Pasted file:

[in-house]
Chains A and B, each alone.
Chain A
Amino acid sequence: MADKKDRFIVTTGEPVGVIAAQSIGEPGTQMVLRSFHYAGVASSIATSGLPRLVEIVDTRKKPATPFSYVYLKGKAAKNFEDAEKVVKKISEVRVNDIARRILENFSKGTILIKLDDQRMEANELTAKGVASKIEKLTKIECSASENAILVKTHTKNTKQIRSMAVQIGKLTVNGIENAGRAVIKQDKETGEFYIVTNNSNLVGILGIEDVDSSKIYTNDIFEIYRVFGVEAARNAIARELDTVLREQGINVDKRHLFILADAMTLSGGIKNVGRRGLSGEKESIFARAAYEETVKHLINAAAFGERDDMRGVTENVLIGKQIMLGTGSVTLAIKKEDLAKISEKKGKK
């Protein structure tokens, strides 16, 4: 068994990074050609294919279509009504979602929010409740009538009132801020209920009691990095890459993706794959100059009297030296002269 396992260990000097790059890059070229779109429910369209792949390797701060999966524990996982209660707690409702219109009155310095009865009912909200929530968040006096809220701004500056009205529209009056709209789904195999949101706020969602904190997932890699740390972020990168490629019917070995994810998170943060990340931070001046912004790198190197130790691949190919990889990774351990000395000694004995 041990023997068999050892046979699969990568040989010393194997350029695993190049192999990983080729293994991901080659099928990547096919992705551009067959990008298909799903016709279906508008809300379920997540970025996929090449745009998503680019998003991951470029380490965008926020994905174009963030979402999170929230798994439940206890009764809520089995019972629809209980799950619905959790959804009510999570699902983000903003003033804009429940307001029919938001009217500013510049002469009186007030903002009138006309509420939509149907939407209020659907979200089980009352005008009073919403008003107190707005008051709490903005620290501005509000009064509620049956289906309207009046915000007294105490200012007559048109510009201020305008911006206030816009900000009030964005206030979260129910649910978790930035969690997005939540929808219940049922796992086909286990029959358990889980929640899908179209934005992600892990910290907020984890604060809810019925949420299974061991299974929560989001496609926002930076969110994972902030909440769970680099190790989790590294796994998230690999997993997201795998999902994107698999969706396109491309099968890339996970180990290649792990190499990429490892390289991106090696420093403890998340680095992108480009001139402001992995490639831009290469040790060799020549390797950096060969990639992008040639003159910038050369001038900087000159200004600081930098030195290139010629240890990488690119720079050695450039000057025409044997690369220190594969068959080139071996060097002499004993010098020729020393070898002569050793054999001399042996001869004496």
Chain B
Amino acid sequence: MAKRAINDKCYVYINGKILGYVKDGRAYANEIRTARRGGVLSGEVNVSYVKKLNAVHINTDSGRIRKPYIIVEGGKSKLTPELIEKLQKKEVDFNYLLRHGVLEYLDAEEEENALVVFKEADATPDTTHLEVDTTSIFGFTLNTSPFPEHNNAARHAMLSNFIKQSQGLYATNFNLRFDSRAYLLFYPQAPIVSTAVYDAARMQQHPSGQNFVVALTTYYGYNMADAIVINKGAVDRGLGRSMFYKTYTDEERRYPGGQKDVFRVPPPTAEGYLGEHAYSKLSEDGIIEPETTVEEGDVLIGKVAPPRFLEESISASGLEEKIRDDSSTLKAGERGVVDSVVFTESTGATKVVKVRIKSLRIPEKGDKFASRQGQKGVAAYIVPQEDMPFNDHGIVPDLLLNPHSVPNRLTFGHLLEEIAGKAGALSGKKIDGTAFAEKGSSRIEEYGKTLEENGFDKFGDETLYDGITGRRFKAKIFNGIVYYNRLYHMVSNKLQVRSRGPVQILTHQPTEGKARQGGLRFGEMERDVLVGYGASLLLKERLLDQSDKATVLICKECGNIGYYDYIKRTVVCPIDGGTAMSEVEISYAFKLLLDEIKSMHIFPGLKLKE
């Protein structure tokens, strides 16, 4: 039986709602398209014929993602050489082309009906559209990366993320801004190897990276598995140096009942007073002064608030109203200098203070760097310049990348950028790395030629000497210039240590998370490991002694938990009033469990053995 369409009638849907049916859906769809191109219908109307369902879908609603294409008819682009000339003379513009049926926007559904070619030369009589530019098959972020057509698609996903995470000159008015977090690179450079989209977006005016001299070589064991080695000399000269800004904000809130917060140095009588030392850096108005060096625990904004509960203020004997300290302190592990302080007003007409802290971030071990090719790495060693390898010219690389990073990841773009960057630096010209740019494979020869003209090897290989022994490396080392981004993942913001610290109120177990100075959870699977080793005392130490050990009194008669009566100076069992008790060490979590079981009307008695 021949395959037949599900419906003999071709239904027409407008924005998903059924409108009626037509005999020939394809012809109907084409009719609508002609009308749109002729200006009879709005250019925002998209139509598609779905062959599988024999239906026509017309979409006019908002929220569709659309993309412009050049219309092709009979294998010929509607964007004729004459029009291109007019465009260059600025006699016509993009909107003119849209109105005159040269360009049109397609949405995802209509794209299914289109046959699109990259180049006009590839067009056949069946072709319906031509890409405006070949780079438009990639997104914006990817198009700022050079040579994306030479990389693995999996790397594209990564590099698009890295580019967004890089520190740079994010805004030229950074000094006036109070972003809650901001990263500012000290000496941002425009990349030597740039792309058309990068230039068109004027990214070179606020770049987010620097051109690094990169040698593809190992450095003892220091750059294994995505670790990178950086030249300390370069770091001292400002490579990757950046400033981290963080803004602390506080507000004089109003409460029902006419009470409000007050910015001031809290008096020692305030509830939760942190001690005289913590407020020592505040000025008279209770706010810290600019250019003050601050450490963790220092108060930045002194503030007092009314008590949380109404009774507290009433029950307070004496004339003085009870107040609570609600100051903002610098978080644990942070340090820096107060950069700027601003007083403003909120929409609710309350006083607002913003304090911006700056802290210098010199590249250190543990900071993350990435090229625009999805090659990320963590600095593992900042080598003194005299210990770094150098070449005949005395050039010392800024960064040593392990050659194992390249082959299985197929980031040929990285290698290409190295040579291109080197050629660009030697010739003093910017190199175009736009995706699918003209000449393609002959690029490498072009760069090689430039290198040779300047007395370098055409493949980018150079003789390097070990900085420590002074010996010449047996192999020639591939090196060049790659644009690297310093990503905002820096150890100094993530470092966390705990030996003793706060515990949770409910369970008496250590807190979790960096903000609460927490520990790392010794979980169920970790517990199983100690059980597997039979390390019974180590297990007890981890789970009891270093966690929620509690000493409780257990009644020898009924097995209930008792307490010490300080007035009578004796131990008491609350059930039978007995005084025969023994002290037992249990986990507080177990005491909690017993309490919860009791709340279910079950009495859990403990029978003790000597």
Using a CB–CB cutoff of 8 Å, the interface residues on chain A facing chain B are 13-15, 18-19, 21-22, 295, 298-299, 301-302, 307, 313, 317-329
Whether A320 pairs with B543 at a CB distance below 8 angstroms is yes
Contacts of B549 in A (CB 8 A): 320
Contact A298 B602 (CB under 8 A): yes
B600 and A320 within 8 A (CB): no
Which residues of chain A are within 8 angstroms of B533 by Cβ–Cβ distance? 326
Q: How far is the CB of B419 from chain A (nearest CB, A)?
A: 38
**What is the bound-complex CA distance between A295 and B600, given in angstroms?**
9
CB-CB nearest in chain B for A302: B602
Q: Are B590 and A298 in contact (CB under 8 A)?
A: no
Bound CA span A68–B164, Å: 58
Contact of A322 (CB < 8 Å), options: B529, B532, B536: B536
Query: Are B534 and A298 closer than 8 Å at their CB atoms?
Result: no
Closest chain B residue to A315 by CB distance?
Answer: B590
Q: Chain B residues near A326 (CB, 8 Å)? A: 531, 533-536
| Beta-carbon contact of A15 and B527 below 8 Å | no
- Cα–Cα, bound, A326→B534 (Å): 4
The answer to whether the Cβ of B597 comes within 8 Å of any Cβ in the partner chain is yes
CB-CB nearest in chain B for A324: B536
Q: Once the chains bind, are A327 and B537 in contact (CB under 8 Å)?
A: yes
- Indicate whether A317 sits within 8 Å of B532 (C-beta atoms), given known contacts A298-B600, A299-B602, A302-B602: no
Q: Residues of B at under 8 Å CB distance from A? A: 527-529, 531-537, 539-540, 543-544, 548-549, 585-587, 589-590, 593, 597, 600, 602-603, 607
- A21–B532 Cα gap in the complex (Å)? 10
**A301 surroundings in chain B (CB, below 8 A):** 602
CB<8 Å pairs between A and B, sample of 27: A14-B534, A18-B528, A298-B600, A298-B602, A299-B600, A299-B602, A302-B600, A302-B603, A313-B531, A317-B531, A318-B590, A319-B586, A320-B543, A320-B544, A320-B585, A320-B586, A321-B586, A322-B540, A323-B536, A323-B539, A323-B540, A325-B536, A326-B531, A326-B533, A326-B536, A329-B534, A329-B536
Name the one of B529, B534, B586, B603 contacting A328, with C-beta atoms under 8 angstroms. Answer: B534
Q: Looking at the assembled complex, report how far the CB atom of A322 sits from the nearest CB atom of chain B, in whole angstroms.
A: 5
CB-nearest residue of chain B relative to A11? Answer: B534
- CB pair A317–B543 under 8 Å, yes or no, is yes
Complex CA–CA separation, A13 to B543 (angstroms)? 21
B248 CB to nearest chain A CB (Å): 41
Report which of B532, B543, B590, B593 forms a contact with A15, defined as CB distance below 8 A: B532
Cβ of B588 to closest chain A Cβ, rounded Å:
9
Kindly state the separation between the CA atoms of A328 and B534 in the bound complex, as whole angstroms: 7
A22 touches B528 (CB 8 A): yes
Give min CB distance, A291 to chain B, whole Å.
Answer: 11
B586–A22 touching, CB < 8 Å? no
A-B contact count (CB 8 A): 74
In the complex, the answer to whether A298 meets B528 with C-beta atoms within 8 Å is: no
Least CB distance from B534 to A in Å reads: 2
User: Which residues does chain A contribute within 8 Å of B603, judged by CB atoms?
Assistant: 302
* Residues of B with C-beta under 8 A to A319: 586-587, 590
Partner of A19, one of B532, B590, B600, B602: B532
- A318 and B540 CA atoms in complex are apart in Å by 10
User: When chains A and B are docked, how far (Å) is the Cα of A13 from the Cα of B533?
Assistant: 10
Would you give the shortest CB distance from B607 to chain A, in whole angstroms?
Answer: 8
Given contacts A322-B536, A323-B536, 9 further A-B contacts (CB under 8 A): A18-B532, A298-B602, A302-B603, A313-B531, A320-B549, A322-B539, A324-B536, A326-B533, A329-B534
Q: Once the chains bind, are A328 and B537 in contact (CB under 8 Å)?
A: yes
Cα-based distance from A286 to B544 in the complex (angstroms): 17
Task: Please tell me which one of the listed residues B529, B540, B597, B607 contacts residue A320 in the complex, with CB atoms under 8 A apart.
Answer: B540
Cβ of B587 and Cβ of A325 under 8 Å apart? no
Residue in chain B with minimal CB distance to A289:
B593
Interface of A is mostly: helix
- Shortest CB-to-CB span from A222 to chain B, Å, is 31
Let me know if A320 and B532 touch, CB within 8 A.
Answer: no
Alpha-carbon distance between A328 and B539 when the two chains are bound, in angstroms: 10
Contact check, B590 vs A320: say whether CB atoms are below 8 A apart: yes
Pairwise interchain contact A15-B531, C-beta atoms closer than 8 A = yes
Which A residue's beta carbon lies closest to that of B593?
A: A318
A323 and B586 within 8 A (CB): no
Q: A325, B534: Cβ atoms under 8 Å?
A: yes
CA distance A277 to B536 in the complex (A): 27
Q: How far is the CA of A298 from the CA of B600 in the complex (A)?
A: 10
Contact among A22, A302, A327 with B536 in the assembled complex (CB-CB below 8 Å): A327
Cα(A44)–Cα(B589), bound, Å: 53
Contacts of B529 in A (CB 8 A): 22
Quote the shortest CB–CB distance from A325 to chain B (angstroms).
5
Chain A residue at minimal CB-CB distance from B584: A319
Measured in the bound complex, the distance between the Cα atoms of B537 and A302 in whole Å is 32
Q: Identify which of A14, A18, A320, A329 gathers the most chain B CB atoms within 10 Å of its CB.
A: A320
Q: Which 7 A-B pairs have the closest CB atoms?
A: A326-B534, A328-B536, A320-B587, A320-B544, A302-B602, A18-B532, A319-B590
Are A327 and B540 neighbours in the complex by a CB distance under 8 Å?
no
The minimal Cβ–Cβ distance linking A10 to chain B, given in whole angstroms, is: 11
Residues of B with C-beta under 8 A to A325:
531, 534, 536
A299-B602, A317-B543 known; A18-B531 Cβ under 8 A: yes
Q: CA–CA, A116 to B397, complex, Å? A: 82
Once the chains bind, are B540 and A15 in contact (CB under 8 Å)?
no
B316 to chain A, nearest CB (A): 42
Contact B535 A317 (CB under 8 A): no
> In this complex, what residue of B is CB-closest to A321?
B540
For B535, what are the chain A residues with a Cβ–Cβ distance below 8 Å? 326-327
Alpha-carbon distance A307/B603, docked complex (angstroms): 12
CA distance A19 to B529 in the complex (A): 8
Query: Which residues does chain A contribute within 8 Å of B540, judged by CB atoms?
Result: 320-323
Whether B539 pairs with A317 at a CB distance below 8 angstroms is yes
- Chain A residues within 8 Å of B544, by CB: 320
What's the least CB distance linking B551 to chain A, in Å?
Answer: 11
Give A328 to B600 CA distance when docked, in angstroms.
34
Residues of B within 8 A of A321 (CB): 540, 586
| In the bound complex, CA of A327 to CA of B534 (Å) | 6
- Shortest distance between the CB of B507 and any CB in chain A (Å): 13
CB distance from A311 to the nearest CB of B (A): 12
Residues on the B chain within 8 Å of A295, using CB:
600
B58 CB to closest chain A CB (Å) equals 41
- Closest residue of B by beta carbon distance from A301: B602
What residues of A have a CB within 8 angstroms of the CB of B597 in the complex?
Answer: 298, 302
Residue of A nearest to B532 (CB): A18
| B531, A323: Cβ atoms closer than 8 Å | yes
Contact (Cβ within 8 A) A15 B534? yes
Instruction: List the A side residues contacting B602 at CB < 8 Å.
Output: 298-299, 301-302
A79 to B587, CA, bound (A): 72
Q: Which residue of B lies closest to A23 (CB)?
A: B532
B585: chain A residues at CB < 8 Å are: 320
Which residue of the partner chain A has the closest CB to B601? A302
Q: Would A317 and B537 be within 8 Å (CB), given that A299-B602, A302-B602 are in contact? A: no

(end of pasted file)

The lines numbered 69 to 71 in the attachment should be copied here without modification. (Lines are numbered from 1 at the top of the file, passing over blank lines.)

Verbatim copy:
A: yes
Cα-based distance from A286 to B544 in the complex (angstroms): 17
Task: Please tell me which one of the listed residues B529, B540, B597, B607 contacts residue A320 in the complex, with CB atoms under 8 A apart.